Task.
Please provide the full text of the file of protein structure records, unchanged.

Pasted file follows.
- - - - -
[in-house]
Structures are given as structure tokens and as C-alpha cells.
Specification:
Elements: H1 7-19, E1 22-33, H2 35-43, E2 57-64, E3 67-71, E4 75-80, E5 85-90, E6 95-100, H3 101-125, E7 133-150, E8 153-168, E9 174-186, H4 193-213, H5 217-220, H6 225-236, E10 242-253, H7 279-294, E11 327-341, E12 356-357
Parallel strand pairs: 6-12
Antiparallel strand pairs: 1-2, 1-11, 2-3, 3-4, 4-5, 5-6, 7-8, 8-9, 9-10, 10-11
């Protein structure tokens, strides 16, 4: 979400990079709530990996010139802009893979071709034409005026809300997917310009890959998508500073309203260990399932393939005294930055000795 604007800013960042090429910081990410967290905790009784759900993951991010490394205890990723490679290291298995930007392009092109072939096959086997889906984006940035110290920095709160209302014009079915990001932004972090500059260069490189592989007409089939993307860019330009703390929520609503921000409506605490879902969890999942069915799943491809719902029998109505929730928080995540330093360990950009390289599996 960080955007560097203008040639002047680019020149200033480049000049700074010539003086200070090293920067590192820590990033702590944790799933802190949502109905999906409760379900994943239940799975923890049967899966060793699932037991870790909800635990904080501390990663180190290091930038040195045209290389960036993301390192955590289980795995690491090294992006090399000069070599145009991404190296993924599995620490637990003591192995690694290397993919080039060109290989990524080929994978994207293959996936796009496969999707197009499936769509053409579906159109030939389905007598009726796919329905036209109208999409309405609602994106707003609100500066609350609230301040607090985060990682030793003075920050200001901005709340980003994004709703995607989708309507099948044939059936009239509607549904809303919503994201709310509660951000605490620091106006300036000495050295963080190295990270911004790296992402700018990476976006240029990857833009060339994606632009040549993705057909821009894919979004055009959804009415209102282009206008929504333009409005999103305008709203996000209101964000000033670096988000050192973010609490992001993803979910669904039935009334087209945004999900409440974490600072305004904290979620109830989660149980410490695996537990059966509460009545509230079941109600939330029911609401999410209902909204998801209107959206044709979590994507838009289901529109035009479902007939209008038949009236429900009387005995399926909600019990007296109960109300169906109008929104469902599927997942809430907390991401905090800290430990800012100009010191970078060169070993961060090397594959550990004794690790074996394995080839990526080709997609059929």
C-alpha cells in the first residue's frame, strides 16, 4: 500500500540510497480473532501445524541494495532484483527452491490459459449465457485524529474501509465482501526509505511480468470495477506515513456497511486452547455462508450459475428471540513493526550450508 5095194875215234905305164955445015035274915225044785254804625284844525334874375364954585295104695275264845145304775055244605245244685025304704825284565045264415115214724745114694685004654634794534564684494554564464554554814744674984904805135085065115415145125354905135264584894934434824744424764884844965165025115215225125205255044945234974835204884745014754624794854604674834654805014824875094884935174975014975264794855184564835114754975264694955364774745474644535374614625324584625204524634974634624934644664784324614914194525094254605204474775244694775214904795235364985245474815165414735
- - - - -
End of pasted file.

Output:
[in-house]
Structures are given as structure tokens and as C-alpha cells.
Specification:
Elements: H1 7-19, E1 22-33, H2 35-43, E2 57-64, E3 67-71, E4 75-80, E5 85-90, E6 95-100, H3 101-125, E7 133-150, E8 153-168, E9 174-186, H4 193-213, H5 217-220, H6 225-236, E10 242-253, H7 279-294, E11 327-341, E12 356-357
Parallel strand pairs: 6-12
Antiparallel strand pairs: 1-2, 1-11, 2-3, 3-4, 4-5, 5-6, 7-8, 8-9, 9-10, 10-11
């Protein structure tokens, strides 16, 4: 979400990079709530990996010139802009893979071709034409005026809300997917310009890959998508500073309203260990399932393939005294930055000795 604007800013960042090429910081990410967290905790009784759900993951991010490394205890990723490679290291298995930007392009092109072939096959086997889906984006940035110290920095709160209302014009079915990001932004972090500059260069490189592989007409089939993307860019330009703390929520609503921000409506605490879902969890999942069915799943491809719902029998109505929730928080995540330093360990950009390289599996 960080955007560097203008040639002047680019020149200033480049000049700074010539003086200070090293920067590192820590990033702590944790799933802190949502109905999906409760379900994943239940799975923890049967899966060793699932037991870790909800635990904080501390990663180190290091930038040195045209290389960036993301390192955590289980795995690491090294992006090399000069070599145009991404190296993924599995620490637990003591192995690694290397993919080039060109290989990524080929994978994207293959996936796009496969999707197009499936769509053409579906159109030939389905007598009726796919329905036209109208999409309405609602994106707003609100500066609350609230301040607090985060990682030793003075920050200001901005709340980003994004709703995607989708309507099948044939059936009239509607549904809303919503994201709310509660951000605490620091106006300036000495050295963080190295990270911004790296992402700018990476976006240029990857833009060339994606632009040549993705057909821009894919979004055009959804009415209102282009206008929504333009409005999103305008709203996000209101964000000033670096988000050192973010609490992001993803979910669904039935009334087209945004999900409440974490600072305004904290979620109830989660149980410490695996537990059966509460009545509230079941109600939330029911609401999410209902909204998801209107959206044709979590994507838009289901529109035009479902007939209008038949009236429900009387005995399926909600019990007296109960109300169906109008929104469902599927997942809430907390991401905090800290430990800012100009010191970078060169070993961060090397594959550990004794690790074996394995080839990526080709997609059929």
C-alpha cells in the first residue's frame, strides 16, 4: 500500500540510497480473532501445524541494495532484483527452491490459459449465457485524529474501509465482501526509505511480468470495477506515513456497511486452547455462508450459475428471540513493526550450508 5095194875215234905305164955445015035274915225044785254804625284844525334874375364954585295104695275264845145304775055244605245244685025304704825284565045264415115214724745114694685004654634794534564684494554564464554554814744674984904805135085065115415145125354905135264584894934434824744424764884844965165025115215225125205255044945234974835204884745014754624794854604674834654805014824875094884935174975014975264794855184564835114754975264694955364774745474644535374614625324584625204524634974634624934644664784324614914194525094254605204474775244694775214904795235364985245474815165414735